Abstract: Latinx Adult Perspectives on How Ethnic Identity Is Constructed from Birth to Adolescence in the United States: A Phenomenological Study (Society for Social Work and Research 24th Annual Conference - Reducing Racial and Economic Inequality)

159P Latinx Adult Perspectives on How Ethnic Identity Is Constructed from Birth to Adolescence in the United States: A Phenomenological Study

Friday, January 17, 2020
Marquis BR Salon 6 (ML 2) (Marriott Marquis Washington DC)
* noted as presenting author
Xochilt Alamillo, LCSW, Doctoral Student, University of Denver, Denver, CO
Miguel Trujillo, MSW, Doctoral Student, University of Denver, CO
Lisa Colon, MA, PhD Student, University of Denver, Denver, CO
Ceema Samimi, MSSW, MPA, Doctoral Candidate, University of Denver, Denver, CO
Background and Purpose: The Latinx population will be the largest minority group in the United States by the year 2050.  In order to maintain an educated, healthy society it is imperative that we reduce disparities facing Latinx youth.  Currently, they are disproportionally at risk for mental health issues, substance use, high school drop-out and others.  While there has been research demonstrating strong ethnic identity acts as a protective factor for these negative outcomes, there is a lack of research on how ethnic identity is constructed, specifically amongst Latinx youth.

This paper helps fill this gap by examining the retrospective narratives of ethnic identity construction in Latinx adults. Through their own experiences, we can begin to understand the creation of this vital construct and how it can be effectively strengthened in Latinx youth. 

Methods: Fifteen in-depth, semi-structure interviews were conducted with Latinx adults.  Participants were recruited at a Latinx serving community center and a private university in the mountain west. Interviews began with a definition of ethnic identity and then elicited life history narratives focused on events related to the development of their Latinx ethnic identity.  Interviews were transcribed verbatim and coded thematically using ATLAS.ti qualitative software, guided by the principals of phenomenology and an inductive approach to qualitative analysis.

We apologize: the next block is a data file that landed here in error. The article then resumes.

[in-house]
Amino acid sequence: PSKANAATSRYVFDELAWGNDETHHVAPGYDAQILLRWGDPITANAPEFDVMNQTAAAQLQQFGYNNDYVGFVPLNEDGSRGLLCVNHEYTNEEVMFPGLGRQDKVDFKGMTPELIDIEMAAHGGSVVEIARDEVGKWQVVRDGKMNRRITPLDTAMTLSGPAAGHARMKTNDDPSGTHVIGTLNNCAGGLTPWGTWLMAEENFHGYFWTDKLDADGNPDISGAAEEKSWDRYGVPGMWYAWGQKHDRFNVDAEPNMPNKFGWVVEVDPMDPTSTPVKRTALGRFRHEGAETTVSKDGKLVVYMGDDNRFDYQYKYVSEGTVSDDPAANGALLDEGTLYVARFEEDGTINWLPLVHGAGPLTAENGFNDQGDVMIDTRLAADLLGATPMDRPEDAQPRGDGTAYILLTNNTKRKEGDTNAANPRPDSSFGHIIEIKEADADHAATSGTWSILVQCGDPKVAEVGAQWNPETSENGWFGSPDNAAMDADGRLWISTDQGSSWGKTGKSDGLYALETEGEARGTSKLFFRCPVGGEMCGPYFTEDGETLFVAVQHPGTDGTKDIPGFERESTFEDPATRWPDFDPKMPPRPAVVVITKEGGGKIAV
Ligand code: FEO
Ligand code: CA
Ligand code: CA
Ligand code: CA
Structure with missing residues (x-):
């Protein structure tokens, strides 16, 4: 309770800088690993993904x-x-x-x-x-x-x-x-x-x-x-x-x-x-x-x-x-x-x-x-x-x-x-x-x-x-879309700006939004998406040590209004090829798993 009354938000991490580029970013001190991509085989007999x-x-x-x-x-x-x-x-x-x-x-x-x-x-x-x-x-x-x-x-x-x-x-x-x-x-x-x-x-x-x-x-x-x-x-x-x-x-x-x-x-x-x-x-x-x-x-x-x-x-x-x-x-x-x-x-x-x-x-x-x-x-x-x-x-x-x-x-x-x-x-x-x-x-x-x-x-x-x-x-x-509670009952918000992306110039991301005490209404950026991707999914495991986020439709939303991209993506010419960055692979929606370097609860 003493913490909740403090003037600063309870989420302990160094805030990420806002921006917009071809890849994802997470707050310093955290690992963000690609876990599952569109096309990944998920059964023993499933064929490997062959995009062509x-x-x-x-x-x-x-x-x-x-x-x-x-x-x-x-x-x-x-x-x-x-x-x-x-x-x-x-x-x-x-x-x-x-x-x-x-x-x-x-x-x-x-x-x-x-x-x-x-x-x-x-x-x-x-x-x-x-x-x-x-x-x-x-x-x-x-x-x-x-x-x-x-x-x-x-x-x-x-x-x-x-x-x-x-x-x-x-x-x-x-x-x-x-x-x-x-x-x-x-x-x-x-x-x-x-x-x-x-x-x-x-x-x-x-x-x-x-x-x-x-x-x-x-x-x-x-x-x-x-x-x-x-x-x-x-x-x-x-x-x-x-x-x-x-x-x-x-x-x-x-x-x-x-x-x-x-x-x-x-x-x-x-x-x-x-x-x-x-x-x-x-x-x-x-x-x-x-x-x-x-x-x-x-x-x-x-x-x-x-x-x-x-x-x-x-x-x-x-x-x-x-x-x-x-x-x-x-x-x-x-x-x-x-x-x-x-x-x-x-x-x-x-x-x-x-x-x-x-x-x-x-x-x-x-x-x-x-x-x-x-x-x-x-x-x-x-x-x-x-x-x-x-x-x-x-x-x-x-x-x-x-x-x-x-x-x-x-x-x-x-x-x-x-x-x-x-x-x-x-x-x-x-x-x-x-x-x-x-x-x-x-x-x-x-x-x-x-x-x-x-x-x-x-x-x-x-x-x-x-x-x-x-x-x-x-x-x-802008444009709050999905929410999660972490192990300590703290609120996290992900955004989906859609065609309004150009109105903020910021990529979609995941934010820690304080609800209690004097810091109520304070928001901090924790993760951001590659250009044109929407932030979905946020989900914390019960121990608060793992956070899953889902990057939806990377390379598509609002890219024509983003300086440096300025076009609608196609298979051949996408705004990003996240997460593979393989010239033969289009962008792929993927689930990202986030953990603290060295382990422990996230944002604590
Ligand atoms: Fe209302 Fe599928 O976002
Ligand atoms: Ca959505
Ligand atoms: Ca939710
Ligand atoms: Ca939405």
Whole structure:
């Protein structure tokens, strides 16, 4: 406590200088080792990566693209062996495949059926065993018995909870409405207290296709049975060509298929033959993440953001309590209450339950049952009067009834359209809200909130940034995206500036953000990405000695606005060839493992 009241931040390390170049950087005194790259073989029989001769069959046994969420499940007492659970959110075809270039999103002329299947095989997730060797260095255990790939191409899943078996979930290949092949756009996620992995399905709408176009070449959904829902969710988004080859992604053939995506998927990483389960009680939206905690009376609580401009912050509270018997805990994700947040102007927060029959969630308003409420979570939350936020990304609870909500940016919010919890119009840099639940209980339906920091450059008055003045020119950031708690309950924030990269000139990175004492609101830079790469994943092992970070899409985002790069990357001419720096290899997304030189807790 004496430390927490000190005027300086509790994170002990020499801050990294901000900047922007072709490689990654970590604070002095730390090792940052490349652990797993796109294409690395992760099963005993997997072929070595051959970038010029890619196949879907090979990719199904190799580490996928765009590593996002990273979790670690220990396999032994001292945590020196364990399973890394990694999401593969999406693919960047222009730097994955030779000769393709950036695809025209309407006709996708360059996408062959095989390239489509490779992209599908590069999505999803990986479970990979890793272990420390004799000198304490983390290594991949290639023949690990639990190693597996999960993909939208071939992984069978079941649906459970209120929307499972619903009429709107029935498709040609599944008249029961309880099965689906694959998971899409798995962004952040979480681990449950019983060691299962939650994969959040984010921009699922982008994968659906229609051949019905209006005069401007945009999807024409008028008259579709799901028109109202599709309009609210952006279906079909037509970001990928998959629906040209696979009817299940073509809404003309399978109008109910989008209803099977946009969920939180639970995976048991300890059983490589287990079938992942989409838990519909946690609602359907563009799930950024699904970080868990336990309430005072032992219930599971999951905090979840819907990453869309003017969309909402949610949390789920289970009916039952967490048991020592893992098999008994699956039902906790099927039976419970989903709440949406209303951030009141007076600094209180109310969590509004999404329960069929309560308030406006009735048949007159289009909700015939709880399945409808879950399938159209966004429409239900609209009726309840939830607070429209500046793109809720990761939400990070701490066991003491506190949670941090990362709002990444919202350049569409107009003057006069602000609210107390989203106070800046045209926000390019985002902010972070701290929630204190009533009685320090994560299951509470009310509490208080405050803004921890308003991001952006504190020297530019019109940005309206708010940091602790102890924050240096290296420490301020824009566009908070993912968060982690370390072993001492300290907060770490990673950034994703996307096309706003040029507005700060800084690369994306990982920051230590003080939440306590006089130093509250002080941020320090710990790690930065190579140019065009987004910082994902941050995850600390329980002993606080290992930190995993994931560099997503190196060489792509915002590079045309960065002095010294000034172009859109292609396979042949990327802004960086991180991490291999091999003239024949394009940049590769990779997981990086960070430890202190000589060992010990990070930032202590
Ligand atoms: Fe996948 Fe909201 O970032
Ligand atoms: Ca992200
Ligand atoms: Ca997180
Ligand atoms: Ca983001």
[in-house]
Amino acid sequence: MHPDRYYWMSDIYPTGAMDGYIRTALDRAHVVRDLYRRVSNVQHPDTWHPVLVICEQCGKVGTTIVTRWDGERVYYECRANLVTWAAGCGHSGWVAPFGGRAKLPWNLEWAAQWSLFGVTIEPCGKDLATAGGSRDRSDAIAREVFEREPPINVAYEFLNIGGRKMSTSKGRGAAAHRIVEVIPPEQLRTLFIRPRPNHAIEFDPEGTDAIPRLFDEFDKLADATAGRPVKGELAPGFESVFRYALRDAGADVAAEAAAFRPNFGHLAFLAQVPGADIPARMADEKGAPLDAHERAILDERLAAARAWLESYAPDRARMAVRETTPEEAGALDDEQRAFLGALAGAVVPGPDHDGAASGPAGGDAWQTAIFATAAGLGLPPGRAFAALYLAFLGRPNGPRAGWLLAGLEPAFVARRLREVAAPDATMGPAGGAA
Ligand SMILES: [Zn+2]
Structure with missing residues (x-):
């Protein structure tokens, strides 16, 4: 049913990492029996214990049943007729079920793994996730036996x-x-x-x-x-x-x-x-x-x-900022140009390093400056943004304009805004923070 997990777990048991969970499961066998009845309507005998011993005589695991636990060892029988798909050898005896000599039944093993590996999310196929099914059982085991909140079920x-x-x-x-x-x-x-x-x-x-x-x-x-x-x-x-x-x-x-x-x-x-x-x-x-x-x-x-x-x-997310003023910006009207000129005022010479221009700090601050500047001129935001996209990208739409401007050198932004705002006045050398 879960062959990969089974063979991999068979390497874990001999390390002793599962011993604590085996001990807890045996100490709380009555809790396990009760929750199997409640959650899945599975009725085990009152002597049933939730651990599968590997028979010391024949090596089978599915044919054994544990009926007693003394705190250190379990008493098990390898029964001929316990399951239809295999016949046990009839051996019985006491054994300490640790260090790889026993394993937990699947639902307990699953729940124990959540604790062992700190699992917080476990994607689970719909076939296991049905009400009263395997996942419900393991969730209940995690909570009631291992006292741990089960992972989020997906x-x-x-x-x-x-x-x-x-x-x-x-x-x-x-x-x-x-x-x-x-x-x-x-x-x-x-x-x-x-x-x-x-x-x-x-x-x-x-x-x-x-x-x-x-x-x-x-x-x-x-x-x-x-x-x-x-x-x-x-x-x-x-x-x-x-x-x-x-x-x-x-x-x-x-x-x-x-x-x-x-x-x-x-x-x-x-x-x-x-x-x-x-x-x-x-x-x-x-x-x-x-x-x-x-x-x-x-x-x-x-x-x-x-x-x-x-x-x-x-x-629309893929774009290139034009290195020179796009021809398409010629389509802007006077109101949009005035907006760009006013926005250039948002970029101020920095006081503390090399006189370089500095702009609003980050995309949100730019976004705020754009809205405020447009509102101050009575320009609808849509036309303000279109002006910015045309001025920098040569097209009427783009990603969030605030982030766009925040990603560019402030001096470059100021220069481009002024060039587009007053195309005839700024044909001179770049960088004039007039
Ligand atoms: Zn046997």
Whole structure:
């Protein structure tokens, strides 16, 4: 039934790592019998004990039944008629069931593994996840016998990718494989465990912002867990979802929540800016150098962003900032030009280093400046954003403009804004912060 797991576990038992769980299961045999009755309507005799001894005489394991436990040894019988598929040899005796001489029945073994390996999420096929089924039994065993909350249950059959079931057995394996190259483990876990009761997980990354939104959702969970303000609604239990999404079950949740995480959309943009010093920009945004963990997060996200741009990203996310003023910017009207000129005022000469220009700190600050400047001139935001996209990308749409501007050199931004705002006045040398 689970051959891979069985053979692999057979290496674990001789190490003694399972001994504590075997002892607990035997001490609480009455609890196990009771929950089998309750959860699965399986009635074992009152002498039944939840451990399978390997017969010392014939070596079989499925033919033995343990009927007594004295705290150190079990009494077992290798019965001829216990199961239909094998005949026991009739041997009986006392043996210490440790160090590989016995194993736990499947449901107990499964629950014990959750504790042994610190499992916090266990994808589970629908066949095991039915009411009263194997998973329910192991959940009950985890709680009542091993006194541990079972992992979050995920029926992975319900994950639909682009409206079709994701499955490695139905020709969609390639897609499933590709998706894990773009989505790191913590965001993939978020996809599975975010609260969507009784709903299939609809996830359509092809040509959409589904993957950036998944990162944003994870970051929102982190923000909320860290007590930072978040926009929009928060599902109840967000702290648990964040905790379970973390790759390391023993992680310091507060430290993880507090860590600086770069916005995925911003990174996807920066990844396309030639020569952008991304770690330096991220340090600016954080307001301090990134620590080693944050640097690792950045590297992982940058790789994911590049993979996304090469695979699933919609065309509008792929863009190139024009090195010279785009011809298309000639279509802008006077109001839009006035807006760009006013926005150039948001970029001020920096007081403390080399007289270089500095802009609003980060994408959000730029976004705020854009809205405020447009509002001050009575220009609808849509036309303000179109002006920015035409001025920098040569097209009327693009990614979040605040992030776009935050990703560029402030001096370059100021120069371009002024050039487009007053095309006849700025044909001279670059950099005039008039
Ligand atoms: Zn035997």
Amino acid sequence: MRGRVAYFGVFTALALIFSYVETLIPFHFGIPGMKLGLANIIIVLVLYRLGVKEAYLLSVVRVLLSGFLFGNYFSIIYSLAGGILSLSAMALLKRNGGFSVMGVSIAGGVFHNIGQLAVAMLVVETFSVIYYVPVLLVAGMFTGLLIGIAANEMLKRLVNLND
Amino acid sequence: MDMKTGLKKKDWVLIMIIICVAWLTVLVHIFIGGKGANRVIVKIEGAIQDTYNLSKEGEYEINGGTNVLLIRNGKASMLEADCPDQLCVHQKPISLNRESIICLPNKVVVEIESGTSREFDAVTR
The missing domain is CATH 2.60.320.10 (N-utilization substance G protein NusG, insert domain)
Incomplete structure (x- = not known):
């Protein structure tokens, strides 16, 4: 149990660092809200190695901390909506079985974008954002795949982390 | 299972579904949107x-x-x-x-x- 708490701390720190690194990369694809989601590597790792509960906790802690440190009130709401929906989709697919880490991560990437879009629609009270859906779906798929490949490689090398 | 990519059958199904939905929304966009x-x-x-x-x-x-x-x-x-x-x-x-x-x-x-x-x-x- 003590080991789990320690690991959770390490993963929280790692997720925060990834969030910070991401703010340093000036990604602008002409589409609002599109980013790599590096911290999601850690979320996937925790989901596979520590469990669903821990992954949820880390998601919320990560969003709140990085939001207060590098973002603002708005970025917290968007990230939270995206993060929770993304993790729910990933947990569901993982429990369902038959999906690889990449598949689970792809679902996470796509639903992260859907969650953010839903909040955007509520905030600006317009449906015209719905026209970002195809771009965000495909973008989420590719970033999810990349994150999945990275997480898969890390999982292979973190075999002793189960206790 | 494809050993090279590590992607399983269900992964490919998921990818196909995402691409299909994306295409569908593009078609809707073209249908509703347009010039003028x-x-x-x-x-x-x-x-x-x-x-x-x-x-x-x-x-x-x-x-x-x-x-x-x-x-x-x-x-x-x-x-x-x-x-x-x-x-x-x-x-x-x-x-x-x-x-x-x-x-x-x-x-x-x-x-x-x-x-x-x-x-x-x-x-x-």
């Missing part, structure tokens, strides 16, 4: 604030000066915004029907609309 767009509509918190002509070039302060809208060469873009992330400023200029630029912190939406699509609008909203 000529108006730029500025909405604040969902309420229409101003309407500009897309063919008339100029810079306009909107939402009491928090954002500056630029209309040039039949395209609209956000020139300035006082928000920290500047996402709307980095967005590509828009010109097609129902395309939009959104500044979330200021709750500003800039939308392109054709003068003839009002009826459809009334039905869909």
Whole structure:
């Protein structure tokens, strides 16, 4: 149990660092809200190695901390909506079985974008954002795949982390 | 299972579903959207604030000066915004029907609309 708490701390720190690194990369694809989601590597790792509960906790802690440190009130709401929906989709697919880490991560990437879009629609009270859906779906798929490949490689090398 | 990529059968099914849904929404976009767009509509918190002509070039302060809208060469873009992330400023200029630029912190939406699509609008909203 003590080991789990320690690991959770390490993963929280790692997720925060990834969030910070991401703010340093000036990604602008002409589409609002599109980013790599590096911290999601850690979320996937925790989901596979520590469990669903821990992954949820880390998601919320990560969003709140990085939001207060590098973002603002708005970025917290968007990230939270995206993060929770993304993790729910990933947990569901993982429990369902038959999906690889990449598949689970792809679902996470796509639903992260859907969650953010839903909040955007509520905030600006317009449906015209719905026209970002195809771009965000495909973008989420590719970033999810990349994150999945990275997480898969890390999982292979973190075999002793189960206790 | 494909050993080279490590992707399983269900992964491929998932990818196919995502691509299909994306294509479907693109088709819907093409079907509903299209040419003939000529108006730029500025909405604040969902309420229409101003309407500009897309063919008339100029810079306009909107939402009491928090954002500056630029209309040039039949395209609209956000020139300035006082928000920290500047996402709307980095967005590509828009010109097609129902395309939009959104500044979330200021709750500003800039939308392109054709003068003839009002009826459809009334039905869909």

Findings:Data analysis revealed that family plays a critical role in the development of participant’s ethnic identity.  While none of the participants described an explicit conversation with their parents around their ethnic identity, through observing practices and behaviors of family members, the understanding of what it means to be Latinx was developed. 

Participants also described experiences of feeling shame or being ‘othered’ that caused them to dissociate from their Latinx identity. These negative experiences often originated from those outside of their ethnic group; however, some participants also described intragroup shaming which would occur if they were viewed as ‘not Latinx enough’.  None of the participants were able to recall being able to respond to these experiences in a positive way. 

Conclusion and Implications: Findings highlight the importance of strengthening whole family units, instead of focusing on individual youth, as the familial role in ethnic identity development is critical.  Practitioners should help facilitate a dialogue amongst family members around Latinx identity which could provide youth with more coping skills to deal with the feeling of being ‘othered’.  Other social structures such as schools or after school programs, should also be more proactive in contributing to the ethnic development of Latinx youth through incorporating more culturally relevant curriculum and focusing on recruiting a more diverse staff.  Future research should focus on understanding the impact parents have on the development of ethnic identity and the specific practices they use to strengthen ethnic identity in their children.